Johnson, D., Gastic, B. (2015). Natural Mentoring in the Lives of Sexual Minority Youth. Journal of Community Psychology, 43(4), 395-407. https://doi.org/10.1002/jcop.21692
Summarized by Karina De Andrade
Notes of Interest:
- Sexual minority youth were less likely than heterosexual youth to identify family members as mentors, and more likely to identify school adults as mentors.
- Sexual minority youth were more likely to be mentored, but on average meet their mentors nearly a year later than heterosexual youth.
- Male sexual minority youth were more likely than male heterosexual youth to have female natural mentors, suggesting that same-sex mentor pairings in formal programs may not always make sense for sexual minority youth.
Introduction (Reprinted from the Abstract)
This retrospective, mixed method study examined the natural mentoring experiences of a national sample of lesbian, gay, and bisexual youth from the National Longitudinal Study of Adolescent Health. Sexual minority youth were found to be less likely than heterosexual youth to have family members as mentors, but more likely to be mentored by school adults. A paradox was noted wherein sexual minority youth, while more likely to be mentored, miss out on the cumulative benefit of mentoring since they meet their mentors almost a year later than heterosexual youth. Findings also suggest that the prevailing same-sex pairing of mentors and mentees in formal mentoring programs warrants re-examination for sexual minority youth, as male sexual minority youth were found to be more likely to have female natural mentors than heterosexual male youth. Implications for mentoring programs with a particular focus on positive youth development for sexual minority youth were also discussed.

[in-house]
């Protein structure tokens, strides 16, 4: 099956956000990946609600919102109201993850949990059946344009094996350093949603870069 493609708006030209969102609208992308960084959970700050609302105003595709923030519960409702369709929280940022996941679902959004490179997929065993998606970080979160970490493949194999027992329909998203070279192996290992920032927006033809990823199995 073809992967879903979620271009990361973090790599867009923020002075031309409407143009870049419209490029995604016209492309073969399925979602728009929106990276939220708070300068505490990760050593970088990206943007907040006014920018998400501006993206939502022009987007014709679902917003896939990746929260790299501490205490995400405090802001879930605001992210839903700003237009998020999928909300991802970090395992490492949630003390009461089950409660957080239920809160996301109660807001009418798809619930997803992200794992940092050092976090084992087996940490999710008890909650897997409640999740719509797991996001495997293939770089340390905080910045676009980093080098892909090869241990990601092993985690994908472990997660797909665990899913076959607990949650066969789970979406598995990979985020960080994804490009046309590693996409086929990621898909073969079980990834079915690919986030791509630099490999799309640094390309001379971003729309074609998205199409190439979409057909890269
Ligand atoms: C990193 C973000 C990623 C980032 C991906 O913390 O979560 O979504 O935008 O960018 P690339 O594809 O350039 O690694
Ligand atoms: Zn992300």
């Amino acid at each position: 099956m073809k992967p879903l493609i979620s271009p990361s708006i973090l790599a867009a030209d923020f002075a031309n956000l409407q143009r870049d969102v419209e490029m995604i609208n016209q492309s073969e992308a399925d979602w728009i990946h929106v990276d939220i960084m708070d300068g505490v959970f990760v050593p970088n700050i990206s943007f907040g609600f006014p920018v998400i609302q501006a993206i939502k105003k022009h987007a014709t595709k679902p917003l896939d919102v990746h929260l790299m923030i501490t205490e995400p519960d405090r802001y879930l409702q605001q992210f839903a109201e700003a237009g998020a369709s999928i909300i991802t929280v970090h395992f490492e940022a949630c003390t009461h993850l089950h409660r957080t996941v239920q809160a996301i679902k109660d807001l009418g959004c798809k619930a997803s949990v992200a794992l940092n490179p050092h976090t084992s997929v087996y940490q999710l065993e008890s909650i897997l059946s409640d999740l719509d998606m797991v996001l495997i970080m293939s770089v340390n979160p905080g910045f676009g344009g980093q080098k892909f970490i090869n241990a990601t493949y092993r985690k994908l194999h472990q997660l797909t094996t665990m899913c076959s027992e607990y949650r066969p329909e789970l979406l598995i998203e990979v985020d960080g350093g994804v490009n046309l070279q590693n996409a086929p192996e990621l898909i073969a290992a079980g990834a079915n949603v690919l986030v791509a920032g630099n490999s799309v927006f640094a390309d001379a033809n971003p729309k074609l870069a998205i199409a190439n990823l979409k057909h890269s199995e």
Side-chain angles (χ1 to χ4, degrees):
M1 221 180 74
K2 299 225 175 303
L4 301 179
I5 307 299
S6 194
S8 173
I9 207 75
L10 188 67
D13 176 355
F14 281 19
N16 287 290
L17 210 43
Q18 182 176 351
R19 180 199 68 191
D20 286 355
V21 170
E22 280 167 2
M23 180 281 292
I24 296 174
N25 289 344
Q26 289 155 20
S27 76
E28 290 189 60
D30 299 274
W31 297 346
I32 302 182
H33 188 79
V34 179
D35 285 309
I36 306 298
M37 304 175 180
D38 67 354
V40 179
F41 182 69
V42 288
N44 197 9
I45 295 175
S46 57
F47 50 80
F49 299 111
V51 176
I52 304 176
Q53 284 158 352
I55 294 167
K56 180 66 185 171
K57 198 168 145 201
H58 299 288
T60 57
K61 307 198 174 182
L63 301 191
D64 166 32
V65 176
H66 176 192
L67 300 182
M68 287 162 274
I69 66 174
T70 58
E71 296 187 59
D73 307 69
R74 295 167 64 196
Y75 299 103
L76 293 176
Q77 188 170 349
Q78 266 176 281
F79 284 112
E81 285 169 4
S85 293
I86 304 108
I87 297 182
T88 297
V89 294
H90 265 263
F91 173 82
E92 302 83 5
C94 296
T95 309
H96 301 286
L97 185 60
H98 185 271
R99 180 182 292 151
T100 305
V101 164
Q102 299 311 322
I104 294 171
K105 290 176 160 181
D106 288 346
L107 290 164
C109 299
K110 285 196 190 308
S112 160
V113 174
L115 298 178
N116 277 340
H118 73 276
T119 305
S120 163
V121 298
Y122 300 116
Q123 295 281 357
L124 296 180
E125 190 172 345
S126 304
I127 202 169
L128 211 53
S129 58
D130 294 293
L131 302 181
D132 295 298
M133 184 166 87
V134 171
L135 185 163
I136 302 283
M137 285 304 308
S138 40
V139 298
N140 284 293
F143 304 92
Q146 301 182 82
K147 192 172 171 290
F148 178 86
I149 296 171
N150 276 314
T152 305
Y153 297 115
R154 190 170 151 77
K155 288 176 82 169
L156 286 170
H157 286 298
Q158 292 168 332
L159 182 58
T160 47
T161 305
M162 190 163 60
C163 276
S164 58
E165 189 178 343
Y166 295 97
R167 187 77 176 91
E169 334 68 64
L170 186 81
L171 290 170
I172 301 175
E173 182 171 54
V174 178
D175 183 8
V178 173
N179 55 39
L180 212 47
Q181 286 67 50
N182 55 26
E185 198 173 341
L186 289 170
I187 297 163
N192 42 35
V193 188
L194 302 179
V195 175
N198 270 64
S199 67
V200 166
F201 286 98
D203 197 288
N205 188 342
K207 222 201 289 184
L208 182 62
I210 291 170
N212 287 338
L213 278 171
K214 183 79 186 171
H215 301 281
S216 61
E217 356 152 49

Implications (Reprinted from the Discussion)
These findings present some implications for mentoring programs that seek to foster positive youth development for sexual minority youth. First, a paradox is revealed wherein sexual minority youth are more likely to be mentored, but meet their mentors at a much later time than heterosexual youth. This presents what we call a “lost time hypothesis,” whereby sexual minority youth are missing a crucial year of mentoring and therefore a compromised cumulative benefit of mentoring. This is largely due to the fact that, for many sexual minority youth (and adults), familial trust and relationships are damaged and often forever changed by insensitivity, indifference, or intolerance about one’s sexual orientation. These fissures can be devastating as they betray the personal and societal expectations about the unconditional primacy of blood relations. Thus, for sexual minority youth, families can pose risk factors that many other youth have the good fortune never to experience or know are possible. The environmental stressors of navigating unsupportive or hostile family and living situations, magnified by the delayed presence of a natural mentor, can require a level of resilience and grit to overcome that takes years to develop.
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